Mobile vs. Desktop Usage in 2020
Where Is the Mobile vs. Desktop Story Going?
This study is a comprehensive review of mobile versus desktop usage on the web. In this year’s study, we compare 2019 and 2020 traffic patterns in the U.S. and globally. We also include tablet usage stats.
The data in this study was pulled from Google Analytics’ Benchmarking feature, which provides aggregated industry data from companies that share their data.
Mobile devices drove 61% of visits to U.S. websites in 2020, up from 57% in 2019. Desktops were responsible for 35.7% of all visits in 2020, and tablets drove the remaining 3.3% of visitors.
Globally, 68.1% of all website visits in 2020 came from mobile devices—an increase from 63.3% in 2019. Desktops drove 28.9% of visits, while 3.1% of visitors came from tablets. However, desktop devices remain very important, as they drove 53.3% of total time on site in the U.S. and 46.4% of total time on site globally.
The following table offers an in-depth overview of mobile versus desktop usage in 2020. Tablet data is also included.
We first began publishing this study in 2016. Prior years studies are available here:
Aggregated Stats: Desktop vs. Mobile
The most commonly talked-about stat is the number of visits that come from mobile devices. The following chart outlines the percentage of mobile versus desktop visits websites received in 2019 and 2020.
The immediate observation shows a greater percentage of mobile usage when comparing the global and U.S. view. These findings are not surprising, considering how many countries primarily use mobile devices. Even in the U.S. alone, mobile visits are significantly greater than desktop visits.
When we look at time on site, however, we see a different story:
Here, we see that the total aggregate time on site for desktop exceeds mobile devices, even in the global view. Simply put, larger screens and keyboards offer greater convenience when conducting in-depth research, pursuing entertainment, and for many other activities compared to mobile devices.
Based on this, we’d expect the average time on site per session for desktop devices to be significantly longer than mobile devices:
Our suspicion is correct—desktop sessions are roughly twice as long as mobile. This pattern is further confirmed when we compare the bounce rate for desktop versus mobile devices:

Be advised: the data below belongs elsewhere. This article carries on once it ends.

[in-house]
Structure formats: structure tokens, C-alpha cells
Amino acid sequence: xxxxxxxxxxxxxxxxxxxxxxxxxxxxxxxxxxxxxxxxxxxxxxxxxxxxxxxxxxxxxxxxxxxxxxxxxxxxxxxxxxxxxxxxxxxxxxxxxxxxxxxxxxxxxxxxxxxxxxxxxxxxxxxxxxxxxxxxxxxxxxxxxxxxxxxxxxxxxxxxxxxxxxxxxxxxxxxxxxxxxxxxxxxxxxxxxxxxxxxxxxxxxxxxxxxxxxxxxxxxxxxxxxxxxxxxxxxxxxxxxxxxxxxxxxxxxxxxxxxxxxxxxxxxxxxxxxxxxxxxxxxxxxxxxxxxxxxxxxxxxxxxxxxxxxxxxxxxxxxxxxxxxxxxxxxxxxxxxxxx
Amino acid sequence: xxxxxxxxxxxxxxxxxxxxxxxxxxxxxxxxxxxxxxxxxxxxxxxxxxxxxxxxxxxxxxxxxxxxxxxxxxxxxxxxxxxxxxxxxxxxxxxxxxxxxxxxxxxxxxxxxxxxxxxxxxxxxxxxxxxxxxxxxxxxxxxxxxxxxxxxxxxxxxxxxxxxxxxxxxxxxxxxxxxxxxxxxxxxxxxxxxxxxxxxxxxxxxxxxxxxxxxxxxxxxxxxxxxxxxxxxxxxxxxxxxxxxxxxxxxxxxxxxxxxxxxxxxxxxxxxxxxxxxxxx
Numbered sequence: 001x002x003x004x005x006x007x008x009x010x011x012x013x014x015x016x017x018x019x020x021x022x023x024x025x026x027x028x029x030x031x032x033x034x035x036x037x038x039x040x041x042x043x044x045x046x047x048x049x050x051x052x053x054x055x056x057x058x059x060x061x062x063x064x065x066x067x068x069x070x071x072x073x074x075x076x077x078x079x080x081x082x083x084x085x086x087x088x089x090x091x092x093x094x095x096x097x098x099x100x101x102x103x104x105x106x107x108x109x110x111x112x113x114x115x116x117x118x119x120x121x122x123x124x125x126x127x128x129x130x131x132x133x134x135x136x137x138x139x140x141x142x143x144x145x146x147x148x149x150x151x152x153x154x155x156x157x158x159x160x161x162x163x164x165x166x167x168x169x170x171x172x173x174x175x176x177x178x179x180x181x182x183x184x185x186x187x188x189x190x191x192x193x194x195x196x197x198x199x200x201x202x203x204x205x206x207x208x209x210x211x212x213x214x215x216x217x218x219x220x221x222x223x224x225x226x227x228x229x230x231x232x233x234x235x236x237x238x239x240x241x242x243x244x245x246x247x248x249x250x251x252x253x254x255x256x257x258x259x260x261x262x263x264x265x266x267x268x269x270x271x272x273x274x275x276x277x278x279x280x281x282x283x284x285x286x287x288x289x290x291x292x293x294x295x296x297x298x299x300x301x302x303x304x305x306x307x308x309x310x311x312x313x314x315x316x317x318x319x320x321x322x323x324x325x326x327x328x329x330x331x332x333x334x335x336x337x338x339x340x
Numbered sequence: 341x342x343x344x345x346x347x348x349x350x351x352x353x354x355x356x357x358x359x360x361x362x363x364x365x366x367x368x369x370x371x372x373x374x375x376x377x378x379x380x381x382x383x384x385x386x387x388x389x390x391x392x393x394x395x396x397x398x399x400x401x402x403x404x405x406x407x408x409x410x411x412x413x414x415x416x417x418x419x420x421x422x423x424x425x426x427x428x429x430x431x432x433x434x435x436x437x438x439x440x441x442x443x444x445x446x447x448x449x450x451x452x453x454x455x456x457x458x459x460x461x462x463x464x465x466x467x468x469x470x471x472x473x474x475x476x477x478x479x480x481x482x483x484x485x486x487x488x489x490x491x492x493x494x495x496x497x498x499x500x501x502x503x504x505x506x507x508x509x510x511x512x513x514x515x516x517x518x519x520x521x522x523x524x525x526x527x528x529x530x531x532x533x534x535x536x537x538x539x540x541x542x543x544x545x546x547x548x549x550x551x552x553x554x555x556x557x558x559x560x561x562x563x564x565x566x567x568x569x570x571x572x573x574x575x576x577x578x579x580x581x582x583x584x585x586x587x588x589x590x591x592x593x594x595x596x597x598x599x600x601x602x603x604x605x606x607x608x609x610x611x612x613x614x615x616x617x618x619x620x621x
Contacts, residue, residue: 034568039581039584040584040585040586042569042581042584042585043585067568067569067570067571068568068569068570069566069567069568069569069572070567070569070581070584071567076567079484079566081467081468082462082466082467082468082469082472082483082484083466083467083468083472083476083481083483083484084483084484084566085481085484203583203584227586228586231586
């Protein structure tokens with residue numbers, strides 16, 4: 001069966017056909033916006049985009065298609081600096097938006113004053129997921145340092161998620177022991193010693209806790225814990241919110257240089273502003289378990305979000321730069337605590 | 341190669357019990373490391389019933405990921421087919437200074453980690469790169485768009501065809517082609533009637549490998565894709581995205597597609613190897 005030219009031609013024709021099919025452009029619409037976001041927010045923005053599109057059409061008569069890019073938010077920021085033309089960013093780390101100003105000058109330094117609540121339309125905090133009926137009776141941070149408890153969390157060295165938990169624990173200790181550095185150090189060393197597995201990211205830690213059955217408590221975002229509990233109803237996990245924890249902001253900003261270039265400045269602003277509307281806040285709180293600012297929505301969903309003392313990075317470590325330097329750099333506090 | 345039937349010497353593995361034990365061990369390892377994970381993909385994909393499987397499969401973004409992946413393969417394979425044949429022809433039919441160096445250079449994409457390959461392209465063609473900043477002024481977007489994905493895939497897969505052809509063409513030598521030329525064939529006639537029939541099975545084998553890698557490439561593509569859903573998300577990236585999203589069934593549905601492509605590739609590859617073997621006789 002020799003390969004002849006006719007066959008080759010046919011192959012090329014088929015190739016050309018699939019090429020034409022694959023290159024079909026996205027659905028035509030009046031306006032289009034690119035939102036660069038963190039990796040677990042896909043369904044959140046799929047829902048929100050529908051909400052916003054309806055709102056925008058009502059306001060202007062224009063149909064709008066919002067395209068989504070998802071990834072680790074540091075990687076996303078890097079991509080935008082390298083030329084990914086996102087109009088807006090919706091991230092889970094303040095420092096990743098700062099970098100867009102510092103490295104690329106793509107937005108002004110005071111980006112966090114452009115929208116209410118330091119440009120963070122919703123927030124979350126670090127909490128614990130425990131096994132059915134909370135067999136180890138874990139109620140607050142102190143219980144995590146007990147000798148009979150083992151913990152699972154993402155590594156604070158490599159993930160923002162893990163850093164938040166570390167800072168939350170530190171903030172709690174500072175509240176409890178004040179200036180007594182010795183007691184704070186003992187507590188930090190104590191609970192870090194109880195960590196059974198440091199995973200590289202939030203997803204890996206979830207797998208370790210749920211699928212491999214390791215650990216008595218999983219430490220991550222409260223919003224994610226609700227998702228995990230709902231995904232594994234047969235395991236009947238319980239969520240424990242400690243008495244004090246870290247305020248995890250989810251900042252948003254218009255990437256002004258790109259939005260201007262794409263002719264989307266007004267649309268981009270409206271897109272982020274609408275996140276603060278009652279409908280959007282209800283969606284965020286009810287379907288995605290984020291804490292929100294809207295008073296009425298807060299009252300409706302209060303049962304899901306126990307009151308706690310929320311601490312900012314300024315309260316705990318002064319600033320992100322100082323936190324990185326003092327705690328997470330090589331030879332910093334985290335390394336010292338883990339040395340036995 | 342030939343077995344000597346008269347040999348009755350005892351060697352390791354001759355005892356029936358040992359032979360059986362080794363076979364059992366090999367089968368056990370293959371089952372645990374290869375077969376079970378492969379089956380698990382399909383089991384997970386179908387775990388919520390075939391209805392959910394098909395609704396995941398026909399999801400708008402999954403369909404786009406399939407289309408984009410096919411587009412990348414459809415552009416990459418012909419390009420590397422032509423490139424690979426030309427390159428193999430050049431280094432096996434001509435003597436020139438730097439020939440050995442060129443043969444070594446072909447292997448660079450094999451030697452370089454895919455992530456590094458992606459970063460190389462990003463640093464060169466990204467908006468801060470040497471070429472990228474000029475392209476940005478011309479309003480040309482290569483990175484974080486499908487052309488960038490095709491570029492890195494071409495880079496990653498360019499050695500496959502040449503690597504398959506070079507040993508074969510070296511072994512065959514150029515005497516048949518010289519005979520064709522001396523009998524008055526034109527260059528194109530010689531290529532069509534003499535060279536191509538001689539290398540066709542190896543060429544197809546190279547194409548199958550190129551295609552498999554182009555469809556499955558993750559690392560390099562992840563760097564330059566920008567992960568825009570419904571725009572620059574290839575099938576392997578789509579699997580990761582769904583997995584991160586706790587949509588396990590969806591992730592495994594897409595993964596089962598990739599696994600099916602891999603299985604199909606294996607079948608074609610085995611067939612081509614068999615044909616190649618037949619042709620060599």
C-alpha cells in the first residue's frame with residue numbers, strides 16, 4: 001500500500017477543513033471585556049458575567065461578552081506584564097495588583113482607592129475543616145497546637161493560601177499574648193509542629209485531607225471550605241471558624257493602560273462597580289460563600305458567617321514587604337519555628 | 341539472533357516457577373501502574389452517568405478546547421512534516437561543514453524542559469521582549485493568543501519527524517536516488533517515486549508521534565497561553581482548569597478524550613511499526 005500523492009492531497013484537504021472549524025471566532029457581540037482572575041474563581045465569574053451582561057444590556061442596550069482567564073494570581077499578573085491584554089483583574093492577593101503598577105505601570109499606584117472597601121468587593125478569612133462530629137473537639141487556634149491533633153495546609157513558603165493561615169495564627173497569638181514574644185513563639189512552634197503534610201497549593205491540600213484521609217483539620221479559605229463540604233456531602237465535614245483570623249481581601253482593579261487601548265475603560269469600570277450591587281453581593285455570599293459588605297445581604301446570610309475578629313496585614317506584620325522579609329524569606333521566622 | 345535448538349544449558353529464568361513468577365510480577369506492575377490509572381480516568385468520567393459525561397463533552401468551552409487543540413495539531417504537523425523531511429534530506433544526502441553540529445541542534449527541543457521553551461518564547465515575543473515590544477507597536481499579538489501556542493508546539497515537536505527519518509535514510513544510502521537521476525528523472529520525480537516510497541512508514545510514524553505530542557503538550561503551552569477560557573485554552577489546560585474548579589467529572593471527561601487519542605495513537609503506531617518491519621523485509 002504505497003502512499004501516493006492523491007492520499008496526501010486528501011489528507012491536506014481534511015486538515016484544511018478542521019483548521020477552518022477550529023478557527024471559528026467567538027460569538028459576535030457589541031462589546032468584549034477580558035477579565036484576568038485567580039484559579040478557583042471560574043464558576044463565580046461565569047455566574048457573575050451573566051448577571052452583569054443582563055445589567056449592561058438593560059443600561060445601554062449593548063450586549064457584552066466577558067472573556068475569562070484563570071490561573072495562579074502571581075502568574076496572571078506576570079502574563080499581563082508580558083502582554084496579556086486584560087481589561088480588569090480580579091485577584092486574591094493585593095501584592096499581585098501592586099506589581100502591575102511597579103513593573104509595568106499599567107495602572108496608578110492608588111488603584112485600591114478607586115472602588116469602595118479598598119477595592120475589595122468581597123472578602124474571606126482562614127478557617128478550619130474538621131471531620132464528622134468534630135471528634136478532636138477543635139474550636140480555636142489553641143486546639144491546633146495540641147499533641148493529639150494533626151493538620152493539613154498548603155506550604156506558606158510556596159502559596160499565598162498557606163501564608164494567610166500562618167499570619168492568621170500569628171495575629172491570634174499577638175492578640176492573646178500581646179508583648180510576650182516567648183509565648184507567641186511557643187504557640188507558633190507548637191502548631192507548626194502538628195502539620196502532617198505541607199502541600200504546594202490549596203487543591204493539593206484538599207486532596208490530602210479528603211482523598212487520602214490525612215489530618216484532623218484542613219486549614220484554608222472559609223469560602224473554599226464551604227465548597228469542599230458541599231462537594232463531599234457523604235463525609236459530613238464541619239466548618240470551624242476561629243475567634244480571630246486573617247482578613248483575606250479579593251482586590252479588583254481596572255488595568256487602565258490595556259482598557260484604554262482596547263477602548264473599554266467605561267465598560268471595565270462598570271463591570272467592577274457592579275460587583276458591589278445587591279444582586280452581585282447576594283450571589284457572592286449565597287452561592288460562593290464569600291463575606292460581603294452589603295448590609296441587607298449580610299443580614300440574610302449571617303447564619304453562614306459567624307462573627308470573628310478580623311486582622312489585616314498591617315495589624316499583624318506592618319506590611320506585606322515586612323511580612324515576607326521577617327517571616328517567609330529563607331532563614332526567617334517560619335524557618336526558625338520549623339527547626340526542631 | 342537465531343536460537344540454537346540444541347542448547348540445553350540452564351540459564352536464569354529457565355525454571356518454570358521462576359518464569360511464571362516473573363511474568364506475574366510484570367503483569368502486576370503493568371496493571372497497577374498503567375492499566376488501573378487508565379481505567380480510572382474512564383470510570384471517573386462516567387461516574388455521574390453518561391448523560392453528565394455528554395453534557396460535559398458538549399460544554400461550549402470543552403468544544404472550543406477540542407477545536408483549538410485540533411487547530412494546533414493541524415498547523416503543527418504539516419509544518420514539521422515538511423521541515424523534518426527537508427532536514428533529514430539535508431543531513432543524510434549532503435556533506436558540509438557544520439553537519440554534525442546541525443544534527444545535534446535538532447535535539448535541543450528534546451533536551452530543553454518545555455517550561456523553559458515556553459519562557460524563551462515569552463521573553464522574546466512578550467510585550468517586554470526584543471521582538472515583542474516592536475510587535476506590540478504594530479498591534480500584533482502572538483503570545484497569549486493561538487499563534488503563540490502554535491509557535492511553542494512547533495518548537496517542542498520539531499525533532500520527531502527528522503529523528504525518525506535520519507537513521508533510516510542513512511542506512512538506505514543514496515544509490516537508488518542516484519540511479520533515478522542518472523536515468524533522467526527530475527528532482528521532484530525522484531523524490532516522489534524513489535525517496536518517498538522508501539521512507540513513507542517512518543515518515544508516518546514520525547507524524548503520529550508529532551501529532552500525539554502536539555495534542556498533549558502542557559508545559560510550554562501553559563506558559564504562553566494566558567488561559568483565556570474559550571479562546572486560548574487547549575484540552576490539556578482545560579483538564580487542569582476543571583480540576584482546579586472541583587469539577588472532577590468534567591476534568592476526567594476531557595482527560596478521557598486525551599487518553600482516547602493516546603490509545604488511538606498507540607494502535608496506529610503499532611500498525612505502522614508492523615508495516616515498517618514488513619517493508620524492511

As expected, we see higher bounce rates on mobile devices. A bounce is defined as a session where the user visits only one page, but this doesn’t necessarily mean that these are low-value pages.
For example, sessions on mobile devices may include users who are literally mobile and satisfying an immediate need, such as researching directions in a new city or looking up a phone number or an address. In contrast, people may be more likely to use desktop if they want to read several pages or conduct in-depth research.
Next, let’s look at mobile versus desktop total aggregate page views in the U.S. and globally:
The aggregate page views favor mobile devices, largely because the percentage of visits is higher. We see a different story when comparing page views per visit for desktop versus mobile devices:
The page views per visit are highest for desktop. Interestingly, tablet page views per visit are higher than mobile devices (but lower than desktop), likely because tablets are heavily used for reading and entertainment.
Mobile's share of total visits continues to grow at a steady pace, but desktop devices still have the most total time on site.
Stats by Industry Category
This next section takes a deep dive into usage patterns across desktop and mobile devices. We’ve broken it down into market segments, in both U.S. and global views.
Let’s look at desktop first:
Here we see that desktop usage is greatest in the U.S. in every category. The disparity between U.S. and global in the business and industry category is an interesting pattern—desktop usage in the U.S. is nearly twice that for the global view, whereas the gap in desktop usage between the U.S. and global in the travel and transportation category is quite small.
The next chart compares mobile, desktop, and tablet usage in the U.S., broken out by market category:
This provides a quick view into mobile-dominant market categories, such as news, food and drink, people and society, sports, beauty and fitness, shopping, and arts and entertainment. The categories are listed in descending order.
However, desktop devices still lead many areas, including business and industry, computers and electronics, jobs and education, science, internet and telecom, and social networks (also listed in descending order).
When comparing global visits on mobile, desktop, and tablet, the percentages tell a different story:
Mobile leads in visit percentage in every market category except computers and electronics. Interestingly, social networks have a relatively high percentage of desktop visits in the global and U.S. data views.
The following chart shows time-on-site stats by market category across different U.S. markets:
Here, tablets show a strong lead in books and literature and games. Mobile time on site trails desktop in every category except books and literature. The metrics show similar patterns when viewed from a global perspective: